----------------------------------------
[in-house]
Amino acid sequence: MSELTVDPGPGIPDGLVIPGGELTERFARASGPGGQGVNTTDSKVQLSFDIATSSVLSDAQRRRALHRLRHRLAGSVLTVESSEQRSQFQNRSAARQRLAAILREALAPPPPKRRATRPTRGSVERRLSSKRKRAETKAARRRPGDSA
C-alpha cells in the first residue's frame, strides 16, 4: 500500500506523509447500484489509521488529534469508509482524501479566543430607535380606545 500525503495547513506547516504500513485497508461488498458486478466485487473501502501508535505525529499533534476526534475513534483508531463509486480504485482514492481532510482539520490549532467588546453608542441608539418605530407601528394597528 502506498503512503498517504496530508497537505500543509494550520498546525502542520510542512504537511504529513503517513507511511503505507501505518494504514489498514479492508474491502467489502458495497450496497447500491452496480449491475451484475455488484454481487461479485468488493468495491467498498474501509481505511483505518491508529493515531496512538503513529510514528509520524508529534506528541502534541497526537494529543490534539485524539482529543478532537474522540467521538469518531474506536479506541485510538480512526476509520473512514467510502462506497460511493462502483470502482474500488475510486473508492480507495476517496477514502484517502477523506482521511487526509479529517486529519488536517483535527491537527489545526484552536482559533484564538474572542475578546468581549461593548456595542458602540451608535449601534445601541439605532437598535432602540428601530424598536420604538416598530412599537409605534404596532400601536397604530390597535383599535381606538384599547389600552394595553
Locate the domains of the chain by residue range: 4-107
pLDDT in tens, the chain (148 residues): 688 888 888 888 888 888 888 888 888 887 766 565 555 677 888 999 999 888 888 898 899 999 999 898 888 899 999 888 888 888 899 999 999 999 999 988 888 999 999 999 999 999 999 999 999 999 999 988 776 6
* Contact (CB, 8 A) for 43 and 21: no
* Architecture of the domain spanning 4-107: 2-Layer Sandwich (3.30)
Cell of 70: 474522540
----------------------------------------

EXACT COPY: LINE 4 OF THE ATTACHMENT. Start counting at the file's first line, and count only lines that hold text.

Locate the domains of the chain by residue range: 4-107